Ernie O'Malley Papers, 1916-1949.
Papers of Ernie O’Malley, 1916-1949; Field Message Notebooks belonging to Ernie O’Malley, as well as a notebook with lists of names of members of the British forces in Ireland, 1920-1921; File of GHQ Executive Meetings 1922-23 & Peace moves 1922-1923, includes ballads' containing memoranda and reports issued by the IRA Headquarters, and various divisional commands; including report on the inspection of Mountjoy Prison in October 1923, 1922-1923 & 1948; File of "RA G.H.Q. Dispatches 9-11-22, containing manuscripts, memoranda, reports and dispatches from both the IRA and Irish Free State Army Headquarters, 1922-1923; Folder of Executive Meetings of the IRA notes, 1922-1932; A file containing Intelligence summaries of the Royal Ulster Constabulary, 1924-1925; File of letters from Simon Donnelly to "Jim" [James Ryan] regarding his attempt to tunnel out of the Prison, 1922 August 17 & 29; Copies of meetings between the Irish Free State Government and the IRA army council, 1923.
|Main Creator:||O'Malley, Ernie, 1897-1957|
Ernie O’Malley was born on 26 May 1897 in Ellison St, Castlebar, County Mayo. In 1906 his family moved to Dublin and in 1915 he began to study medicine at University College Dublin. O’Malley joined the Irish Volunteers in the wake of the 1916 Easter Rising and was to become a leading figure in the IRA during the Irish Revolution. In 1918 O’Malley committed himself to the republican cause and in August 1918 he was sent to London by Michael Collins to buy arms. During 1919 he worked as an IRA staff captain and trained Volunteers in Clare, Tipperary and Dublin. He had a notable military record with the IRA during the War of Independence and in 1920 he was captured in Kilkenny by Crown Forces. He later escaped from Kilmainham Gaol in Dublin in February 1921 to take command of the IRA’s 2nd Southern Division. O’Malley rejected the 1921 Anglo-Irish Treaty and trained IRA officers in his divisional area in preparation for a possible renewal of fighting. He was a leading anti-treatyite during the Irish Civil War. He was appointed assistant chief of staff of the anti-treaty IRA and became part of a five-man anti-treaty council.O’Mally was captured by Free State forces in November 1922 and was imprisoned until July 1924, during his incarceration he was elected as TD for Dublin North in the 1923 general election. Following his release from prison he tried to complete his medical degree at UCD and spent much of 1924-1926 travelling through France, Spain and Italy and from 1928-1935 he spent time in North America. He also travelled to Mexico where he studied at the Mexico City University of Arts and worked as a high school teacher. In 1934 O’Malley was granted a pension by the Fianna Fáil government and married Helen Hooker in London on 27 September 1935 and returned to Ireland. O’Malley and Hooker devoted themselves to the arts and O’Malley made a living as a writer, publishing his critically acclaimed ‘On Another Man’s Wound’ in 1936. His later years were marred with ill health and he died as a result of heart failure on 25 March 1957 in Howth, Dublin. He was given a state funeral with full military honours.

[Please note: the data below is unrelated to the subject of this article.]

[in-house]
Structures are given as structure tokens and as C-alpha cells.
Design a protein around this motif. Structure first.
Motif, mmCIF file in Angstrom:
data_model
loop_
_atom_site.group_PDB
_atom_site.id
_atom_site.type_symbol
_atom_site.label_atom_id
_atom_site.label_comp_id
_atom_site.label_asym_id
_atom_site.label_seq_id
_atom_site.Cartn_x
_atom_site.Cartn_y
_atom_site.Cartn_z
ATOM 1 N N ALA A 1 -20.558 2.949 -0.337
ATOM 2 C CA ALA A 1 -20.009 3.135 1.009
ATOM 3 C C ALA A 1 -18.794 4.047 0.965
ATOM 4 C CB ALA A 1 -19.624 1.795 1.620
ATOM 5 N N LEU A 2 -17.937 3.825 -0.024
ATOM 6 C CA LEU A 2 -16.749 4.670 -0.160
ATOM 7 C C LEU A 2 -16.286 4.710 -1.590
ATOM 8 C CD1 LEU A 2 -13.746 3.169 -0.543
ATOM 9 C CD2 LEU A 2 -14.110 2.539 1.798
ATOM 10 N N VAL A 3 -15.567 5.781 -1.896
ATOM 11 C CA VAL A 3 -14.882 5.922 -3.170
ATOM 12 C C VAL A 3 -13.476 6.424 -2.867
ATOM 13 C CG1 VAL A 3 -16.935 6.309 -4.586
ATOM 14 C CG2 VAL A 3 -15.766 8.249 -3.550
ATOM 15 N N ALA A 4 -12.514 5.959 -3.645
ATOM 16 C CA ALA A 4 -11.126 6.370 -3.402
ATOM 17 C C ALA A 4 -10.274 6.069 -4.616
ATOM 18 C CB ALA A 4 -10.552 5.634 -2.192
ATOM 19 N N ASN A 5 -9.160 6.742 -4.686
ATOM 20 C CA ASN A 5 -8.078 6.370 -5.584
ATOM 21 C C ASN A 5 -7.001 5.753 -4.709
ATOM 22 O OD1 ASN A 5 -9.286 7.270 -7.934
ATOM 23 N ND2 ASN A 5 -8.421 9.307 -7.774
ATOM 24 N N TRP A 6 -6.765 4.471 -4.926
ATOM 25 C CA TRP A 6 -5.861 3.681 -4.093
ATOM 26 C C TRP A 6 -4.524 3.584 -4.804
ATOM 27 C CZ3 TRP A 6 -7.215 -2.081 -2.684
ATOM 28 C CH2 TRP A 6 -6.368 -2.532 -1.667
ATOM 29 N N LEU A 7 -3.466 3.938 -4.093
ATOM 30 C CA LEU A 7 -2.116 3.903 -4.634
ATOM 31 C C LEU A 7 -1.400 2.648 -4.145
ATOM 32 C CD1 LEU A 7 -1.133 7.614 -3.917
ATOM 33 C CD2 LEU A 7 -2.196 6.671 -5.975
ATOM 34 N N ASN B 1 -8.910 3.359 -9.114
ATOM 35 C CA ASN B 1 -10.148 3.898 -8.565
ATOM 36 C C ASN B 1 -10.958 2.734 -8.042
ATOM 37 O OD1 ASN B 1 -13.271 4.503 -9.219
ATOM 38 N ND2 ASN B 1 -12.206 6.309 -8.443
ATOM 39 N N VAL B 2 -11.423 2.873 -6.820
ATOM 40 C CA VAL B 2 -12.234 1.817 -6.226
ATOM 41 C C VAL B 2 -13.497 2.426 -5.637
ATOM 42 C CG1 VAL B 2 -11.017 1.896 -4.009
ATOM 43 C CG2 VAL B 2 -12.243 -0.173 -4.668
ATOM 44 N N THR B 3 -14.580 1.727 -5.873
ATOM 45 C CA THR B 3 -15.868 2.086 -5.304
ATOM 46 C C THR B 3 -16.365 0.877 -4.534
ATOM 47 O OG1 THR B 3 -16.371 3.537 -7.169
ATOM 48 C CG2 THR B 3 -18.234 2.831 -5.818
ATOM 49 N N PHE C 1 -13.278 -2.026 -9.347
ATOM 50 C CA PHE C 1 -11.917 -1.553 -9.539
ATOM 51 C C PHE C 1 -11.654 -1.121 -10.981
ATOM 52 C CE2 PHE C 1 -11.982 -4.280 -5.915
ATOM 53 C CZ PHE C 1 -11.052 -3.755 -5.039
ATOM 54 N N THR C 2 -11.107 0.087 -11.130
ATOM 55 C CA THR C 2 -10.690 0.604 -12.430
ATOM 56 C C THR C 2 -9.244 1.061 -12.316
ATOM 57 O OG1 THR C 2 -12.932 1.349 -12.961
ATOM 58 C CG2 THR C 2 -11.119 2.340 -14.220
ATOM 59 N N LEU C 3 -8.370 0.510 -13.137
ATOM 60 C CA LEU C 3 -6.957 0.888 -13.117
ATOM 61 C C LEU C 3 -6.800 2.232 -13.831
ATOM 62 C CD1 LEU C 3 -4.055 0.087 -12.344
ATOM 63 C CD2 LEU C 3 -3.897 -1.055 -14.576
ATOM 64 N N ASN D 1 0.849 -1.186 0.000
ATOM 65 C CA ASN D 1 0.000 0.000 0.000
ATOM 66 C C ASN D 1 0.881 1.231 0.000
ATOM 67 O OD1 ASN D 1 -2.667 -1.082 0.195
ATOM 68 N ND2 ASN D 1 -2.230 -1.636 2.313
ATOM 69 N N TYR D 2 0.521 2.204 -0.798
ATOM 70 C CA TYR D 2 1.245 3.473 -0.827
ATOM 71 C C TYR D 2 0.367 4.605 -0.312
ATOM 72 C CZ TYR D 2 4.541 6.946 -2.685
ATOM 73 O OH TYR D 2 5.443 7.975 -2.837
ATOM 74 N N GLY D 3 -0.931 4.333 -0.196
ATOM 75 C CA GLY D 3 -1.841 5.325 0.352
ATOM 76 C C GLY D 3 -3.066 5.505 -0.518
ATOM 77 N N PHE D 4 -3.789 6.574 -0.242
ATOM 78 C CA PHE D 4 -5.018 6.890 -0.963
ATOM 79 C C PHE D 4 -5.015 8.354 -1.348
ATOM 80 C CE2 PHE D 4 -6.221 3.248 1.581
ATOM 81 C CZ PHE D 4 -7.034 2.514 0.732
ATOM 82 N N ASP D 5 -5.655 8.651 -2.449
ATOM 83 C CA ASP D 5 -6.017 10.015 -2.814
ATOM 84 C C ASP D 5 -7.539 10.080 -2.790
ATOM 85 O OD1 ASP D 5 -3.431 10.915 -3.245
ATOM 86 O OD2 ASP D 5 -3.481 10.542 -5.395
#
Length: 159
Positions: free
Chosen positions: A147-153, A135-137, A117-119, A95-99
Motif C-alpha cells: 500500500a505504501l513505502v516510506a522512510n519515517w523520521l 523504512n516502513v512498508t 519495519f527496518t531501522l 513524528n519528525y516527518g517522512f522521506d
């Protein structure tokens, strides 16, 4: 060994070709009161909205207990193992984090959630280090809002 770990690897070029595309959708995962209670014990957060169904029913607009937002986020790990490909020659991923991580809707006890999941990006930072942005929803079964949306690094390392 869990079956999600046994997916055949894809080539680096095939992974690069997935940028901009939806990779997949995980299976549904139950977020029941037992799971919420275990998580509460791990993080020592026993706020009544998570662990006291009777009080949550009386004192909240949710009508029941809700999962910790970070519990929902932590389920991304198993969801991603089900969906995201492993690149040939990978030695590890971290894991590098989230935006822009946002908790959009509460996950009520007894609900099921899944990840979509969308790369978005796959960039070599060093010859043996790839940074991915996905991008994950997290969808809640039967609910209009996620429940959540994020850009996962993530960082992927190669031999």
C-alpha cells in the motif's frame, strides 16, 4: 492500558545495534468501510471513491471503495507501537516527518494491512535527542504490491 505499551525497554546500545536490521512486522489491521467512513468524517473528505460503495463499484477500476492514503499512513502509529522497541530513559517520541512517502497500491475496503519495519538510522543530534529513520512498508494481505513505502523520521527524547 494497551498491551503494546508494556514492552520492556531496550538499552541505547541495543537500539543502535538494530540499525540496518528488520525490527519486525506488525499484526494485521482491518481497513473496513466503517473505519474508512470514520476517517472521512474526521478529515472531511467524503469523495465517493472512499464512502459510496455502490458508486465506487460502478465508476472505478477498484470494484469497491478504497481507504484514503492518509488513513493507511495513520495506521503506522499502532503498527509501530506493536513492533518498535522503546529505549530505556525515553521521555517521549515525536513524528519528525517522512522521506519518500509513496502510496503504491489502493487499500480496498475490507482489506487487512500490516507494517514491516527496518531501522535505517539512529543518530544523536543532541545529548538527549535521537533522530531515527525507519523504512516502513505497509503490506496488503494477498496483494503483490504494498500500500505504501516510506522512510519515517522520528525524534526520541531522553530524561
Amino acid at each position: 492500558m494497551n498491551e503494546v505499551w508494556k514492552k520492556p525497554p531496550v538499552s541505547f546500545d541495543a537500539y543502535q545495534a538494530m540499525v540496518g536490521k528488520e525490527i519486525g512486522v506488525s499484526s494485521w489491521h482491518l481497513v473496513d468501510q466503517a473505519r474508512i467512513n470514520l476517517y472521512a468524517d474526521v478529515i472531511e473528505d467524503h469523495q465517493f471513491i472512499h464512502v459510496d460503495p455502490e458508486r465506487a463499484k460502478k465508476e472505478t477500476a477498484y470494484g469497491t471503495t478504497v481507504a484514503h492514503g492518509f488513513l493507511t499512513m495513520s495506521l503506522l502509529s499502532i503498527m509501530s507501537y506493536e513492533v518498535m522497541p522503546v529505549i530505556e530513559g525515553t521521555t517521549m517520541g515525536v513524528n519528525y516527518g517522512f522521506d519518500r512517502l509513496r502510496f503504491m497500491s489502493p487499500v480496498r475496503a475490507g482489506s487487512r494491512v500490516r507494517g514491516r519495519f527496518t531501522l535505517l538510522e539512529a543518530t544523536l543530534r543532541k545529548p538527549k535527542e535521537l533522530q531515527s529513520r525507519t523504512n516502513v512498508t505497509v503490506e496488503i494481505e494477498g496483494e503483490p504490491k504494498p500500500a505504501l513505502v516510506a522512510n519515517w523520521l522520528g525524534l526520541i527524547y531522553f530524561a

Physical description: 1 box (21 folders)
Manuscript notes relating to the Kilkenny Brigade of the IRA,
1922 January 6.View more information ...
|In Collection:||Ernie O'Malley Papers, 1916-1949|
|Main Creator:||Irish Republican Army|
6 items (6 pages).
|Call Number:||MS 10,973/11/58 (Manuscripts Reading Room)|
Reproduction rights owned by the National Library of Ireland.
Items are fragile, handle with care.